The re­al­i­ties Democrats must live in de­nial of

The Washington Times Weekly - - Commentary -

Taway. o be a Demo­crat means to live in de­nial. Con­sider all of the things you must ig­nore or ex­plain

Not the chau­vin­ist pigs whose trans­gres­sions pre­oc­cu­pied 1970s fem­i­nists, but PIGS as in Por­tu­gal, Ire­land, Greece and Spain, na­tions fac­ing sov­er­eign debt crises be­cause they pur­sued ex­actly the sort of poli­cies Democrats fa­vor for this coun­try. The PIGS share bloated gov­ern­ment sec­tors (In Greece, the gov­ern­ment em­ploys 33 per­cent of work­ers.), gen­er­ous un­em­ploy­ment pack­ages, high min­i­mum wages, dire pen­sion obli­ga­tions and a shrink­ing tax base. Each week brings fresh news of tur­moil in the streets.

Here is a June ac­count from CBS News that Democrats will want to ig­nore: “To see a coun­try truly on the brink of fi­nan­cial ruin, look no fur­ther than Greece. On Wed­nes­day, its par­lia­ment cut pub­lic ser­vices and raised taxes to fend off bank­ruptcy and prob­a­bly spare the world an­other mass eco­nomic


melt­down, at least for now. . . . As par­lia­ment did what it could po­lit­i­cally, pro­test­ers turned Athens into a war zone.”

The protests are un­der­stand­able (if not ex­cus­able). When debt-rid­den states face bank­ruptcy, it is al­ways at a time of eco­nomic dis­tress. In good times, af­ter all, tax re­ceipts in­crease. So just when jobs are scarce and times are dif­fi­cult, just when a greater than usual num­ber of peo­ple are col­lect­ing un­em­ploy­ment and other ben­e­fits, the gov­ern­ment is forced to im­pose aus­ter­ity.

Would it have been bet­ter to have made smaller re­duc­tions in ben­e­fits ear­lier? Yes. Would it have been even more de­sir­able not to ac­cus­tom so many cit­i­zens to gov­ern­ment largesse? Don’t ask a Demo­crat.

Also in eco­nomic in­ten­sive care is Por­tu­gal.

Here’s the Los An­ge­les Times ac­count: “An­a­lysts ex­pect that Lis­bon will ul­ti­mately need up to $115 bil­lion in loans and guar­an­tees. The amount would be cov­ered fairly com­fort­ably by the bailout fund cre­ated by the EU last year to ad- dress the widen­ing euro debt cri­sis, but would come with strin­gent con­di­tions that Lis­bon rein in pub­lic spend­ing. Last month, Prime Min­is­ter Jose Socrates failed to win par­lia­men­tary ap­proval for a fourth round of aus­ter­ity mea­sures within a year, which prompted him to re­sign and his So­cial­ist Party-led mi­nor­ity gov­ern­ment to col­lapse.” Democrats will not want to dwell on the fact that the Euro­pean Union will not be bail­ing out the United States. In fact, no one will be avail­able to bail out the U.S.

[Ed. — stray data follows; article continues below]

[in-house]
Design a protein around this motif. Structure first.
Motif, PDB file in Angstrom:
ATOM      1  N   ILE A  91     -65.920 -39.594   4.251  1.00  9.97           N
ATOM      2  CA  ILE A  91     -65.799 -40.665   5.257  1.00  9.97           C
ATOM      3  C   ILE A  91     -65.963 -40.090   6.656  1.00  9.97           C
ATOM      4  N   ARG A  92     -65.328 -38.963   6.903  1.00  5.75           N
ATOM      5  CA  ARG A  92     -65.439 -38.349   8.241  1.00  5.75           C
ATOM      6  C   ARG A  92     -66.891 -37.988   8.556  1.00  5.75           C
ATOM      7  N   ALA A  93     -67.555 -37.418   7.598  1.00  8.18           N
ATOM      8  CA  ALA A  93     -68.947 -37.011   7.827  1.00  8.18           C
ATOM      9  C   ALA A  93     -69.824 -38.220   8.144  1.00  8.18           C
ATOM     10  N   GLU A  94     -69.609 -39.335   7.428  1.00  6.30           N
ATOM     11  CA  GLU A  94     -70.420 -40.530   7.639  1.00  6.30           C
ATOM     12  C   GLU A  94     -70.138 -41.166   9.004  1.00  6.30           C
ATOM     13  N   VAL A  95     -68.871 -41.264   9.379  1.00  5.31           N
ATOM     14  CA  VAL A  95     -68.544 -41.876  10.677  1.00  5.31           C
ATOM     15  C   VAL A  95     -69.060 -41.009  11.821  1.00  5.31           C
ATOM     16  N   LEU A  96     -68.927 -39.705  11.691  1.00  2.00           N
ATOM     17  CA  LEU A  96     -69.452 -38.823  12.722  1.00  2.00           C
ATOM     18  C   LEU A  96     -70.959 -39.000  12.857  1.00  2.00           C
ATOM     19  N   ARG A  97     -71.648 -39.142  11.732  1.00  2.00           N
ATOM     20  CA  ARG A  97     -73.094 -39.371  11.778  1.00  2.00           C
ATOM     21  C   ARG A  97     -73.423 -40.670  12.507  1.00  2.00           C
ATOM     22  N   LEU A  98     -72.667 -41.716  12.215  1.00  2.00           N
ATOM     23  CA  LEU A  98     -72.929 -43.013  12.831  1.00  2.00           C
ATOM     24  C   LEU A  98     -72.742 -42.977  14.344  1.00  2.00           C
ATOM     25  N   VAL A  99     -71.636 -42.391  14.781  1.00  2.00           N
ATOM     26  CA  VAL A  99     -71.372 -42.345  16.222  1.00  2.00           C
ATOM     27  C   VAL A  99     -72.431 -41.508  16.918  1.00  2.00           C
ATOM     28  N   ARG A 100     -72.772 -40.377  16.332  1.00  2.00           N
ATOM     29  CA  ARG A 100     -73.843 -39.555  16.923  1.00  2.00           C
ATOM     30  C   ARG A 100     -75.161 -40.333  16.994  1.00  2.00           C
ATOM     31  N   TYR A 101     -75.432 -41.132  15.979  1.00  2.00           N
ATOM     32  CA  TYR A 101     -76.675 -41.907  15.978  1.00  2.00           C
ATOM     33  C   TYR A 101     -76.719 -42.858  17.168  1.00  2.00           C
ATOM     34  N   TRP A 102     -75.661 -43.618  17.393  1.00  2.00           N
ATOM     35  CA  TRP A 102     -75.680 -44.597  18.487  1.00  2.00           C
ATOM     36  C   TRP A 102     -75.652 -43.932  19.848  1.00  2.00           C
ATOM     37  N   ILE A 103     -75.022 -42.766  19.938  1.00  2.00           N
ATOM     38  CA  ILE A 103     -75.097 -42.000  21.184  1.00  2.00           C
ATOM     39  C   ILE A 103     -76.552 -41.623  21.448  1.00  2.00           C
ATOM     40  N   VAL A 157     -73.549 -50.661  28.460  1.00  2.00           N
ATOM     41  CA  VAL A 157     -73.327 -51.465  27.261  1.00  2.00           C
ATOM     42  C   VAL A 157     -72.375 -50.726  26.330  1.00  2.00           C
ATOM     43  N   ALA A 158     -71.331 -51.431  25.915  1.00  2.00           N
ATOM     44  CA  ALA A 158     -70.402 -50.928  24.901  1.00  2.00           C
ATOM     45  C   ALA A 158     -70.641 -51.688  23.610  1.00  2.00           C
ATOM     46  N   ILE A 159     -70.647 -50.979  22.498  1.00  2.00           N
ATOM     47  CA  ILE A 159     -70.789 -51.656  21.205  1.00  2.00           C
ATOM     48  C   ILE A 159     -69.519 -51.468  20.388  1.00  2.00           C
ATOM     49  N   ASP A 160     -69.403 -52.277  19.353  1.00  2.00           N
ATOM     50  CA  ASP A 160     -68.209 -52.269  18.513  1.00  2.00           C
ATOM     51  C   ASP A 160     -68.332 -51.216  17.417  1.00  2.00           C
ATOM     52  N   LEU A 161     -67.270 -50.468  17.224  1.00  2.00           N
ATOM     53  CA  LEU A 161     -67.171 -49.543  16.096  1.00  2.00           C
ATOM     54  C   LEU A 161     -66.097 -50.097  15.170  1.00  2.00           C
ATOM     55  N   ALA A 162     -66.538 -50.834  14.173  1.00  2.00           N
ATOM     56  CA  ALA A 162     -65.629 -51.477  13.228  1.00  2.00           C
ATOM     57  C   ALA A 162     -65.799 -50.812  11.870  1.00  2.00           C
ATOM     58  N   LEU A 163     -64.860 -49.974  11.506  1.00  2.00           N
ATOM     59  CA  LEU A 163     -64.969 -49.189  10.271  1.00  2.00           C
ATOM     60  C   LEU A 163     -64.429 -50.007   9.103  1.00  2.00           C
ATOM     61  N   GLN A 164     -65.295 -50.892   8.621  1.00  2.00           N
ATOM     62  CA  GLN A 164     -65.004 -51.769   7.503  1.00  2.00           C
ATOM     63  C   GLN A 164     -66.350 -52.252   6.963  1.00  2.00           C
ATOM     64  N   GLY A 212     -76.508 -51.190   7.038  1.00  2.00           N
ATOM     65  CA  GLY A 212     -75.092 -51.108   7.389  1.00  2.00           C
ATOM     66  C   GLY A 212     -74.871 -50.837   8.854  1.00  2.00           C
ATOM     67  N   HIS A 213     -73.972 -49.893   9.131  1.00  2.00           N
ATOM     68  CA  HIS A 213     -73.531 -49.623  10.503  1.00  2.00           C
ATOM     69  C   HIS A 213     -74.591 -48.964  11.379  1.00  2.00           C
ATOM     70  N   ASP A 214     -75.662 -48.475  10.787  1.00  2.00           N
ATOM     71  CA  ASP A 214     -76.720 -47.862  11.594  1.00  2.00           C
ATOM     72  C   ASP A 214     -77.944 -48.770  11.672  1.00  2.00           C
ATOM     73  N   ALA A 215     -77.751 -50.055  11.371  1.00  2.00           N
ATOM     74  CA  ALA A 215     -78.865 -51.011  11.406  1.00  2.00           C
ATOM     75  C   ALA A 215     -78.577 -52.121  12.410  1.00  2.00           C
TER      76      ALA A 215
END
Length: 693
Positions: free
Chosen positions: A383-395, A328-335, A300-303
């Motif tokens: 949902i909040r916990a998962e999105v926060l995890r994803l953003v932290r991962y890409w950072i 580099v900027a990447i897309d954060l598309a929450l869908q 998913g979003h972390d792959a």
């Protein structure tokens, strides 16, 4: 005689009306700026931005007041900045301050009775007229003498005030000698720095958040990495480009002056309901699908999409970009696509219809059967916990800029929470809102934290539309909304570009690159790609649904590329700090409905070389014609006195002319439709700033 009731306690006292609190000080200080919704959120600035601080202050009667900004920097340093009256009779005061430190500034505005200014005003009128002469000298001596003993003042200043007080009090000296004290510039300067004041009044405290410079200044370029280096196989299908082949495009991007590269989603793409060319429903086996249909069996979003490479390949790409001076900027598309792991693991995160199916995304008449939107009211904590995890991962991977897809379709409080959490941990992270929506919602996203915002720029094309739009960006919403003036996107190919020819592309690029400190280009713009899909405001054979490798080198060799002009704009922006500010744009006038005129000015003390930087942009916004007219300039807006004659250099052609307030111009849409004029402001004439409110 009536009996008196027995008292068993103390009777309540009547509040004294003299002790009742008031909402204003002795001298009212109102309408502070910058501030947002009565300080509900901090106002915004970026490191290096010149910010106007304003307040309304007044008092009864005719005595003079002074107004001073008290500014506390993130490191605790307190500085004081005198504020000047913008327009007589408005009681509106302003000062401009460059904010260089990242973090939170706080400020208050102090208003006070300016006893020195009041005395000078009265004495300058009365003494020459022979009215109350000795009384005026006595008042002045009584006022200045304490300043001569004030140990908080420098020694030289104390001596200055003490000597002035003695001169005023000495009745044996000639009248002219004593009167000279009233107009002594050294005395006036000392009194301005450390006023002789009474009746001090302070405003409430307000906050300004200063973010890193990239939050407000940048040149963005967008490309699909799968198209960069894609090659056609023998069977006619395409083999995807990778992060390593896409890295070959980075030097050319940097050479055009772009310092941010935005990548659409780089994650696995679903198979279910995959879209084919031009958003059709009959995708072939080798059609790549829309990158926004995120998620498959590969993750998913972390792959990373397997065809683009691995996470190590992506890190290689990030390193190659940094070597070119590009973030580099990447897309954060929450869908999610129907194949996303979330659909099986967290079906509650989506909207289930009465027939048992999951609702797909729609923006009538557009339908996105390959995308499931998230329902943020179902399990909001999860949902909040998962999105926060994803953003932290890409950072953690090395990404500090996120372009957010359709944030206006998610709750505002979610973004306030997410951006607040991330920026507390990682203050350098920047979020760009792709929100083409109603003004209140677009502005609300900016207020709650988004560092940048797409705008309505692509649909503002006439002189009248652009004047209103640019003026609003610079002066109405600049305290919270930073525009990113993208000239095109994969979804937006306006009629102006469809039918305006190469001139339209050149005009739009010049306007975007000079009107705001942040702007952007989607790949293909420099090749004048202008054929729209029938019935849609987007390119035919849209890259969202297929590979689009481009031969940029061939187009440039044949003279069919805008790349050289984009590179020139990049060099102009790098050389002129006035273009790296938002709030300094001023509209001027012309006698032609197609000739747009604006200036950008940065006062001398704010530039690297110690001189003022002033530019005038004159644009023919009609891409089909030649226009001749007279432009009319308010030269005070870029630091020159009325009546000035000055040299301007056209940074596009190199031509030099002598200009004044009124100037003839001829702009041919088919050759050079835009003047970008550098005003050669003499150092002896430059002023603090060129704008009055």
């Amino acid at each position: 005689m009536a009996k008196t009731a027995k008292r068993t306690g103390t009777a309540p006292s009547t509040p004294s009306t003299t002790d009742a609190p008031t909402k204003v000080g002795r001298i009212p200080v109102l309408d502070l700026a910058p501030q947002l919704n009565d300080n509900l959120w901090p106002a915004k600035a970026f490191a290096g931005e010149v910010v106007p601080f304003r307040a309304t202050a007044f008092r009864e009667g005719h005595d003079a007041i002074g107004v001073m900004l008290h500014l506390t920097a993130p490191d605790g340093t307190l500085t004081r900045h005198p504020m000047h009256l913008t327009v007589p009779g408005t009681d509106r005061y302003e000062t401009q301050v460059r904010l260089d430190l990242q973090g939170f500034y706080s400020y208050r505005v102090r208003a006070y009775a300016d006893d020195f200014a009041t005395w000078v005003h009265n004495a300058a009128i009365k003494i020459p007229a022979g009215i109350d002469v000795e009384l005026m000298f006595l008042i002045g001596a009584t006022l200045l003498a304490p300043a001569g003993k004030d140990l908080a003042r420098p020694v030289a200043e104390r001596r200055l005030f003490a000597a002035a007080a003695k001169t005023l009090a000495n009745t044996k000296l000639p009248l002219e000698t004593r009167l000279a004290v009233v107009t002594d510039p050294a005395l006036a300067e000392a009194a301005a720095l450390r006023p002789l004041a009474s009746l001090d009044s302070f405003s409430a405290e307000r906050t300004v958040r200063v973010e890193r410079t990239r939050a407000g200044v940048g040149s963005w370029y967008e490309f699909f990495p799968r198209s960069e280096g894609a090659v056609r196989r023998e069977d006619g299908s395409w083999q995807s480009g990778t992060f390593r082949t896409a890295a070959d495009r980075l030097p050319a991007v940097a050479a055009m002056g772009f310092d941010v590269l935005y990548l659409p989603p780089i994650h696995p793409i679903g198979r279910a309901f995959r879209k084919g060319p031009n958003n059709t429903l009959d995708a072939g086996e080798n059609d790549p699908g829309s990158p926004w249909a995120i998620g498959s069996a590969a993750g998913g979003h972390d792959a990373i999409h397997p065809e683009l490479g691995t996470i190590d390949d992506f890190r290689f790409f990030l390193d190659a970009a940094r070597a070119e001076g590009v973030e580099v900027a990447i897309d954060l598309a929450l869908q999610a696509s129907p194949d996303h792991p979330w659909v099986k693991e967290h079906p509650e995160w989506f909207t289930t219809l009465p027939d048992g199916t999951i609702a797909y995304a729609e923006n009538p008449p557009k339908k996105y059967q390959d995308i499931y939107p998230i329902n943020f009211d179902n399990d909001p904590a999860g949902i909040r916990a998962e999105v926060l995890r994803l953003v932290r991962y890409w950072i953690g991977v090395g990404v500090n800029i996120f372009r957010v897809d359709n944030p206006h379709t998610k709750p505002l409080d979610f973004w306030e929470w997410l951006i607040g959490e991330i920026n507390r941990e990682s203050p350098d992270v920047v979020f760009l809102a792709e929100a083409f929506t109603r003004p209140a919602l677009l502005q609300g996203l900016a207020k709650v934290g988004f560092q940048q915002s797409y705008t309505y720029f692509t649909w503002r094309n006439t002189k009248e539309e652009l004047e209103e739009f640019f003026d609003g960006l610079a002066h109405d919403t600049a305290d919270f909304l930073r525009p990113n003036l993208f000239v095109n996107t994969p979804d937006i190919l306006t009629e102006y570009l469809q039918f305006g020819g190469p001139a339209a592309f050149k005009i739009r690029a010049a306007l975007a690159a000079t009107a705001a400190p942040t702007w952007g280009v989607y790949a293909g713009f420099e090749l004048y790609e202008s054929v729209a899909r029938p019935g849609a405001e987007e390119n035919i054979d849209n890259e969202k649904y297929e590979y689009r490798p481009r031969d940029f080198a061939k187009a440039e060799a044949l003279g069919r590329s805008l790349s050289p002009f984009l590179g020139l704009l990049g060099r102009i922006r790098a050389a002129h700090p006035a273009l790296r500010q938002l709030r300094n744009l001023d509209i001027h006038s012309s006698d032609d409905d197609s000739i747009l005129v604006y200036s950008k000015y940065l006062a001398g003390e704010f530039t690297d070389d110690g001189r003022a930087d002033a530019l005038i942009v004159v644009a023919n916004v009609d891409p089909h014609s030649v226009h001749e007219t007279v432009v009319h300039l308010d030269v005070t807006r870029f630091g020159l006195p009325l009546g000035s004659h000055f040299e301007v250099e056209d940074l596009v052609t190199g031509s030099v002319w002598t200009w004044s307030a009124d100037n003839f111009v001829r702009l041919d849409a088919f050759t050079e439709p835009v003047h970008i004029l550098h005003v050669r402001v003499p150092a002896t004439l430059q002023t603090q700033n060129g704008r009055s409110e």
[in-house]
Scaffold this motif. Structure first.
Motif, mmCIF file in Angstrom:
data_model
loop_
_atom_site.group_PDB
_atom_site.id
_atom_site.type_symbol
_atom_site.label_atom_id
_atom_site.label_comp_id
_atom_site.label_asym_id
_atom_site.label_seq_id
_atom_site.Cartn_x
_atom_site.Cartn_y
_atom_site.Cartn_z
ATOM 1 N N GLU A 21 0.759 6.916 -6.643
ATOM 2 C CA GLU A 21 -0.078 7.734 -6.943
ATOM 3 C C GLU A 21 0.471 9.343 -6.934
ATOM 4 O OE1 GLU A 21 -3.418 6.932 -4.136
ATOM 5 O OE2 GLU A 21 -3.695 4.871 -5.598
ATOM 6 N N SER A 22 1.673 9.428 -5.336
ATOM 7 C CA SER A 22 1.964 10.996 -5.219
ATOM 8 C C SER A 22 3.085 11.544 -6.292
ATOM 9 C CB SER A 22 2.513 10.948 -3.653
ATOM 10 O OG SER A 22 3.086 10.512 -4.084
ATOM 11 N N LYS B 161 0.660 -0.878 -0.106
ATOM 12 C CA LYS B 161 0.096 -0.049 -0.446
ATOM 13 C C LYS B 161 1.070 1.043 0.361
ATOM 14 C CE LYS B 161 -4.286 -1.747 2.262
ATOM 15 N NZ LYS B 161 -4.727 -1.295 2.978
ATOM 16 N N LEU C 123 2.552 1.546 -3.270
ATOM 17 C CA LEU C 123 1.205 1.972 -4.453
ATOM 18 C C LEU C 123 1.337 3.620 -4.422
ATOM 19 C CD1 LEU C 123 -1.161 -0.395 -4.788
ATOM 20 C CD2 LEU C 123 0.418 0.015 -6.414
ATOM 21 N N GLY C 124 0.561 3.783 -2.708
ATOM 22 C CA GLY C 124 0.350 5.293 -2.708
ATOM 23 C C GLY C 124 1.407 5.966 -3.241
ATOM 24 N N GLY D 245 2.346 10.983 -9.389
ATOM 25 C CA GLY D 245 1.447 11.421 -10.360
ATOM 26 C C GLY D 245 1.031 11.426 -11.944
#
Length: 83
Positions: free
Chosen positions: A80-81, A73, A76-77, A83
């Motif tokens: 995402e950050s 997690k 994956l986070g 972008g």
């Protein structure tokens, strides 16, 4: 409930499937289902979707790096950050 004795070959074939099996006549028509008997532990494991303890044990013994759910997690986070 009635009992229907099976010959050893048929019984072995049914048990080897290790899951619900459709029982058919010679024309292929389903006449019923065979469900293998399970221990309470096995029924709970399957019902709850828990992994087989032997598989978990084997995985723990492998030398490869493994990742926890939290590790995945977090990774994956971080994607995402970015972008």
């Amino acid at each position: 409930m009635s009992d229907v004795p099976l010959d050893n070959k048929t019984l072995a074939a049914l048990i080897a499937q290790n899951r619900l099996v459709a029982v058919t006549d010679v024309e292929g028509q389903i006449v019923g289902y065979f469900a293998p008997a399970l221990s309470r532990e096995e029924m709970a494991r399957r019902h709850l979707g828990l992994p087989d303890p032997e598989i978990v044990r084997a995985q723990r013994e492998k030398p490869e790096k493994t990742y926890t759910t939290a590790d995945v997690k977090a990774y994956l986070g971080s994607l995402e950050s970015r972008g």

At the other end of the eco­nomic spec­trum, Democrats must ig­nore Chile’s re­mark­able suc­cess with pri­va­tiz­ing so­cial se­cu­rity.

Thirty years ago, fac­ing a pen­sion over­hang sim­i­lar to our own, Chile adopted a pol­icy that nearly all Democrats re­gard with hor­ror, they pri­va­tized their pen­sion sys­tem. Not all at once. Those who were al­ready re­tired were grand­fa­thered into the ex­ist­ing sys­tem. New work­ers were re­quired to par­tic­i­pate in the pri­vate re­tire­ment ac­count pro­gram. All other work-


ers were of­fered a choice to re­main with the old sys­tem or choose the new one. Nine­tythree per­cent chose pri­vate ac­counts, con­ser­va­tively man­aged.

How has it turned out? Over the course of three decades, de­spite ups and downs in the mar­ket as well as ter­ri­ble earth­quakes, these ac­counts have av­er­aged re­turns 9.23 per­cent above in­fla­tion. So­cial Se­cu­rity, by con­trast, av­er­ages re­turns of about 1 per­cent. In the United States, the el­derly are wards of the state.

Each Chilean, by con­trast, has own­er­ship of his ac­count. He or she can pass any un­used por­tion on to chil­dren and grand­chil­dren.

When New York Times re­porter John Tier­ney worked out his own So­cial Se­cu­rity con­tri­bu­tions on the Chilean model, he found that his pri­va­tized pen­sion would have been $53,000 a year plus a one-time pay­out of $223,000. The same con­tri­bu­tions paid into the Amer­i­can So­cial Se­cu­rity sys­tem would have paid him $18,000 a year.

Chile’s free mar­ket poli­cies have made it one of the wealth­i­est na­tions in the West­ern hemi­sphere, with the high­est nom­i­nal GDP in Latin Amer­ica. Their pen­sion re­form has so far been copied by 30 na­tions.

Per­haps Chile, so far from Wash­ing­ton, D.C., is too easy to ig­nore. But what about Galve­ston, Texas? It seems that 30 years ago, far-sighted lead­ers took ad­van­tage of an opt-out clause (since re­moved) in the So­cial Se­cu­rity law and put county em­ploy­ees into pri­vate pen­sion ac­counts. Galve­ston’s em­ploy­ees take home pen­sions with 7 per­cent an­nual re­turn com­pounded over 30 years com­pared with So­cial Se­cu­rity’s 1 per­cent.

Democrats must, sim­ply must, deny that pri­va­ti­za­tion pro­vides far su­pe­rior out­comes, be­cause the truth is that in­de­pen­dent, self-suf­fi­cient, non­needy cit­i­zens have lit­tle use for a party whose en­tire ra­tio­nale is “Let Me Take of You” by tax­ing some­one else.

Mona Charen is a na­tion­ally syn­di­cated colum­nist.

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